There had been many possible logos throughout her search, but they never felt quite right. She had an image in her mind of what she wanted, and wouldn’t settle for anything less. It was both admiring and frustrating to see the dogged persistence.

Her story showed me we should not settle for less than what we deserve – especially when we can change it. So often, do we compensate our needs because we don’t want to ‘rock the boat’, or deal with too many challenges for any length of time.

We make do with average, or never feel the true happiness of achieving and having something we know can be better.

Similarly, persistence is needed to push someone else out of their comfort zone, which brings me to potty training and making me cry (well, almost).

It was time to rid my 3 year old son of his nappy during the day. My son has one of the strongest stubborn streaks of anyone I know, so this training was always going to be a battle royale – our parental persistence against his stubbornness. Bear in mind that potty training generally takes up to 5 or 6 days, more due to bladder-control accidents rather than stubbornness.

The first day started off like any normal potty training, with some cajoling and accidents. The second day was flat out refusal from my son to co-operate. It didn’t improve after 3 days, 4 days, 8 days. He would randomly agree to potty, but it was never consistent and always after lengthy battles between parent and child.

On the 10th day my wife and I were at our wits end. Still with no improvement, we were on the verge of tears, almost giving up in the process. We were especially frustrated because we knew he was being defiant. We seeked guidance and consolation from friends and family, but were told to ‘leave him be’, or ‘he’ll get there in time’. We simply could not accept this outcome because if we gave up now, we would have to start all over again another time.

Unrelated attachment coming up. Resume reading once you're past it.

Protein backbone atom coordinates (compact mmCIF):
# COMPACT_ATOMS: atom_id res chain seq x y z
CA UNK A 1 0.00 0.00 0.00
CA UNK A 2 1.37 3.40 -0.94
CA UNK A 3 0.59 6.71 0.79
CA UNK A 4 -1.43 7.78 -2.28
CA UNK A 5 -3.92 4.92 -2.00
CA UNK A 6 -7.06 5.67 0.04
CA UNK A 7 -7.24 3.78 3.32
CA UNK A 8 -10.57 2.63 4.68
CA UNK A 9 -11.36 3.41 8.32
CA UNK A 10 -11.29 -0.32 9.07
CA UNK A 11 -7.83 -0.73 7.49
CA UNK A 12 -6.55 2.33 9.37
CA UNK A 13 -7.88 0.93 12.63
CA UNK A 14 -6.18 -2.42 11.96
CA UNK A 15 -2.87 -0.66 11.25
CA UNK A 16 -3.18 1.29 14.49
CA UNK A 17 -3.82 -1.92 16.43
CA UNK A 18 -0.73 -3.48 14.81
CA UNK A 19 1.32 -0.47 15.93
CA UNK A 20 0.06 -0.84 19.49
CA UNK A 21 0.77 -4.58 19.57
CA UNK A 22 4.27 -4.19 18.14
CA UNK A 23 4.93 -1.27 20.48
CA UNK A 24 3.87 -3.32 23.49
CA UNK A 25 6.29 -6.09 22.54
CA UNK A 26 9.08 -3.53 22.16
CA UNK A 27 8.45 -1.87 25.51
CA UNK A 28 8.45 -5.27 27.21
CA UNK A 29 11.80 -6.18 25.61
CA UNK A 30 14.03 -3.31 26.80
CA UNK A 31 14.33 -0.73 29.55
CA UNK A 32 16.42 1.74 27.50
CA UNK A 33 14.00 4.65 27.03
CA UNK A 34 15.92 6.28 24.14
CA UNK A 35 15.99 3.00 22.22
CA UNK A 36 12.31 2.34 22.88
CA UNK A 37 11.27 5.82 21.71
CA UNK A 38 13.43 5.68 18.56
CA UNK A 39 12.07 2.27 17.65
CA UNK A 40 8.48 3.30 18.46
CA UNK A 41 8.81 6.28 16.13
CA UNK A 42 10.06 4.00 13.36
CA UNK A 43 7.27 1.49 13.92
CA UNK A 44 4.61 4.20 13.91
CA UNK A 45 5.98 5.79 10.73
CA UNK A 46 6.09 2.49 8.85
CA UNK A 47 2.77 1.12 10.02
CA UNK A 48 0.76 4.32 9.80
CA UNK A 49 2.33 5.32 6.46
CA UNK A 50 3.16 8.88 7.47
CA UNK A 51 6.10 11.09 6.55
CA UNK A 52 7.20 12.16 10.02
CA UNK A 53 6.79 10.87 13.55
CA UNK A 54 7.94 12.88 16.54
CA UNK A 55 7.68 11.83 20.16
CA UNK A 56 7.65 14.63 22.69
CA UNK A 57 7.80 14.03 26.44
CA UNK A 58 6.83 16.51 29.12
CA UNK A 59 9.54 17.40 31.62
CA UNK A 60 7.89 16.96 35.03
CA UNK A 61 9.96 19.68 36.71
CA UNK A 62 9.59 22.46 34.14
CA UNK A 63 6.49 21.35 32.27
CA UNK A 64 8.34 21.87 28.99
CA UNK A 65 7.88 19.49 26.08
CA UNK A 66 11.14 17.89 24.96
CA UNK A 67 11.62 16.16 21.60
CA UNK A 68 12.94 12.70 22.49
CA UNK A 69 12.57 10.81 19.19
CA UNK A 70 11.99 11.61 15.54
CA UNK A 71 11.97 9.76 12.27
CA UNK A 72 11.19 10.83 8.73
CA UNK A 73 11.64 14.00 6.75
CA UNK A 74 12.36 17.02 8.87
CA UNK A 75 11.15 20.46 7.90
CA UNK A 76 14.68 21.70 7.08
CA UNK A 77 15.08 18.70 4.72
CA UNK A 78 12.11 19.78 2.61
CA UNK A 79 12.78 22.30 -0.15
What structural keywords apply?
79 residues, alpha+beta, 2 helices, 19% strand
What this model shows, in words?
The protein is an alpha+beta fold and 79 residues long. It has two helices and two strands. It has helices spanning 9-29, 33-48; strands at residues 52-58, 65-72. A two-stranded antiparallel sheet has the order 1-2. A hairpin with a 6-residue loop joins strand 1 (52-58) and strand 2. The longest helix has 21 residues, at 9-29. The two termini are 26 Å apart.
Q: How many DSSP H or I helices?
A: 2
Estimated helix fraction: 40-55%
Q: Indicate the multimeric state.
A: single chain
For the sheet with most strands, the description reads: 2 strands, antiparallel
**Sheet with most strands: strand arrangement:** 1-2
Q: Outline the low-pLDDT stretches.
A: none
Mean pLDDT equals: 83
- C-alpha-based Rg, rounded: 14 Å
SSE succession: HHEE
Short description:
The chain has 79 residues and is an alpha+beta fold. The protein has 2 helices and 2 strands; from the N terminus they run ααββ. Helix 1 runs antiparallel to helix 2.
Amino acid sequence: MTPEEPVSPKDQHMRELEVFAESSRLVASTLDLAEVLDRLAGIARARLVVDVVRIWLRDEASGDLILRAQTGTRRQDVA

We persisted.

12 days in to potty training, and success! My son finally grasped the concept that it was easier for everyone (including himself) to not be restricted by a nappy anymore. This was a classic sign of how we stay in our comfort zones for far too long.

Sometimes it takes the persistence of others to break through our barriers and pull us to new horizons.

In any type of persistence, there is frustration, there are challenges, and there comes a time when you think there is no end in sight. But the great thing about persistence is exactly that – persistence.

Carry on driving your message. Continue to pursue your goal. I’m not saying it will work out in the end, but looking at one more picture might get you your logo, or continuing training for one more day might get your child potty trained. The simple act of trying just one more time might get you what you want or where you want to be. What will you persist with today?

Do one thing today

When you wake up in the morning, once the grogginess of sleep has left you, there is a thought that appears in your mind. A thought of something that you would love to achieve that day. One thing that you’re excited about and will make your day feel like an achievement. It could be painting a picture, tinkering with the bike engine in the garage, adding a feature to your website, or even washing the car.

But then the day begins. We get bogged down by tasks that have to be completed, or emergencies that must be dealt with now. The children demand food and attention, the boss wants his report by tomorrow, or we need to buy bread on the way home.

And as we lie in bed that night, we commiserate that we never did that one thing we really wanted to do. We lambast ourselves for not being good enough, we bemoan that life is tough, and that it sucks not having the chance to do the things we want to. Why does life have to get in the way?